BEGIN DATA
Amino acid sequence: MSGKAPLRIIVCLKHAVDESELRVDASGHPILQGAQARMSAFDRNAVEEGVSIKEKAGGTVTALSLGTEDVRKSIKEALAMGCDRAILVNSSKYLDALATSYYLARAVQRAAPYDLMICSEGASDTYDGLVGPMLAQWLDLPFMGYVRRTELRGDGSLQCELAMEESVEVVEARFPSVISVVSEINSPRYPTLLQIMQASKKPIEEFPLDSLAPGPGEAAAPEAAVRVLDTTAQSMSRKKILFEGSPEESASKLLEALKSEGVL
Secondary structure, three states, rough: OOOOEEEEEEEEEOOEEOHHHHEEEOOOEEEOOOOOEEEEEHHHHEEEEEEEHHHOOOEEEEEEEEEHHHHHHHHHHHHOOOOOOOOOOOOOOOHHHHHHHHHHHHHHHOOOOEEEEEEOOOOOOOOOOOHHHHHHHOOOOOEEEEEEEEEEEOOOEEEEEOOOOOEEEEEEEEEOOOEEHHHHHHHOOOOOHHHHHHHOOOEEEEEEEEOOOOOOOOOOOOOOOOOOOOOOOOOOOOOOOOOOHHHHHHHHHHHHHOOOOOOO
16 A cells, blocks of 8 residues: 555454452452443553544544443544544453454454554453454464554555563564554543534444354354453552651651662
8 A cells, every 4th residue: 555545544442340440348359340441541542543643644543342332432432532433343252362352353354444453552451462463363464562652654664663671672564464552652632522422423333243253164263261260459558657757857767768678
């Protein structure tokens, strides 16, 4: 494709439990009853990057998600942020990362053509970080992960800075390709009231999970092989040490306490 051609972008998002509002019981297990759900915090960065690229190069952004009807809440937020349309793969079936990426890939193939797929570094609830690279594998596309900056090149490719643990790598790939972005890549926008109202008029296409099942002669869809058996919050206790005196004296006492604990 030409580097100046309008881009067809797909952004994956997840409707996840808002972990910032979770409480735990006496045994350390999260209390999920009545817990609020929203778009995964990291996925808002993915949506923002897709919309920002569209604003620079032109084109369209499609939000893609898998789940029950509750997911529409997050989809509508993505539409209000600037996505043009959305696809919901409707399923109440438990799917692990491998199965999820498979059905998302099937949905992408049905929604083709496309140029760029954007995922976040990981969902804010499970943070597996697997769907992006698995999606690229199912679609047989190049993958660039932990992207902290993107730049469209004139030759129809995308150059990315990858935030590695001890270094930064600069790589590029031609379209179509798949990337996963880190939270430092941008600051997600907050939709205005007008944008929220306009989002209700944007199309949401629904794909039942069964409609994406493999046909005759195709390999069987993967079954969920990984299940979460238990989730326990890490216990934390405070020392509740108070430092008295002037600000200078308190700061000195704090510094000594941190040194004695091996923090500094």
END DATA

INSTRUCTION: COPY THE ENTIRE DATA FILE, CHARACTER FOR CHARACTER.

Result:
Amino acid sequence: MSGKAPLRIIVCLKHAVDESELRVDASGHPILQGAQARMSAFDRNAVEEGVSIKEKAGGTVTALSLGTEDVRKSIKEALAMGCDRAILVNSSKYLDALATSYYLARAVQRAAPYDLMICSEGASDTYDGLVGPMLAQWLDLPFMGYVRRTELRGDGSLQCELAMEESVEVVEARFPSVISVVSEINSPRYPTLLQIMQASKKPIEEFPLDSLAPGPGEAAAPEAAVRVLDTTAQSMSRKKILFEGSPEESASKLLEALKSEGVL
Secondary structure, three states, rough: OOOOEEEEEEEEEOOEEOHHHHEEEOOOEEEOOOOOEEEEEHHHHEEEEEEEHHHOOOEEEEEEEEEHHHHHHHHHHHHOOOOOOOOOOOOOOOHHHHHHHHHHHHHHHOOOOEEEEEEOOOOOOOOOOOHHHHHHHOOOOOEEEEEEEEEEEOOOEEEEEOOOOOEEEEEEEEEOOOEEHHHHHHHOOOOOHHHHHHHOOOEEEEEEEEOOOOOOOOOOOOOOOOOOOOOOOOOOOOOOOOOOHHHHHHHHHHHHHOOOOOOO
16 A cells, blocks of 8 residues: 555454452452443553544544443544544453454454554453454464554555563564554543534444354354453552651651662
8 A cells, every 4th residue: 555545544442340440348359340441541542543643644543342332432432532433343252362352353354444453552451462463363464562652654664663671672564464552652632522422423333243253164263261260459558657757857767768678
């Protein structure tokens, strides 16, 4: 494709439990009853990057998600942020990362053509970080992960800075390709009231999970092989040490306490 051609972008998002509002019981297990759900915090960065690229190069952004009807809440937020349309793969079936990426890939193939797929570094609830690279594998596309900056090149490719643990790598790939972005890549926008109202008029296409099942002669869809058996919050206790005196004296006492604990 030409580097100046309008881009067809797909952004994956997840409707996840808002972990910032979770409480735990006496045994350390999260209390999920009545817990609020929203778009995964990291996925808002993915949506923002897709919309920002569209604003620079032109084109369209499609939000893609898998789940029950509750997911529409997050989809509508993505539409209000600037996505043009959305696809919901409707399923109440438990799917692990491998199965999820498979059905998302099937949905992408049905929604083709496309140029760029954007995922976040990981969902804010499970943070597996697997769907992006698995999606690229199912679609047989190049993958660039932990992207902290993107730049469209004139030759129809995308150059990315990858935030590695001890270094930064600069790589590029031609379209179509798949990337996963880190939270430092941008600051997600907050939709205005007008944008929220306009989002209700944007199309949401629904794909039942069964409609994406493999046909005759195709390999069987993967079954969920990984299940979460238990989730326990890490216990934390405070020392509740108070430092008295002037600000200078308190700061000195704090510094000594941190040194004695091996923090500094």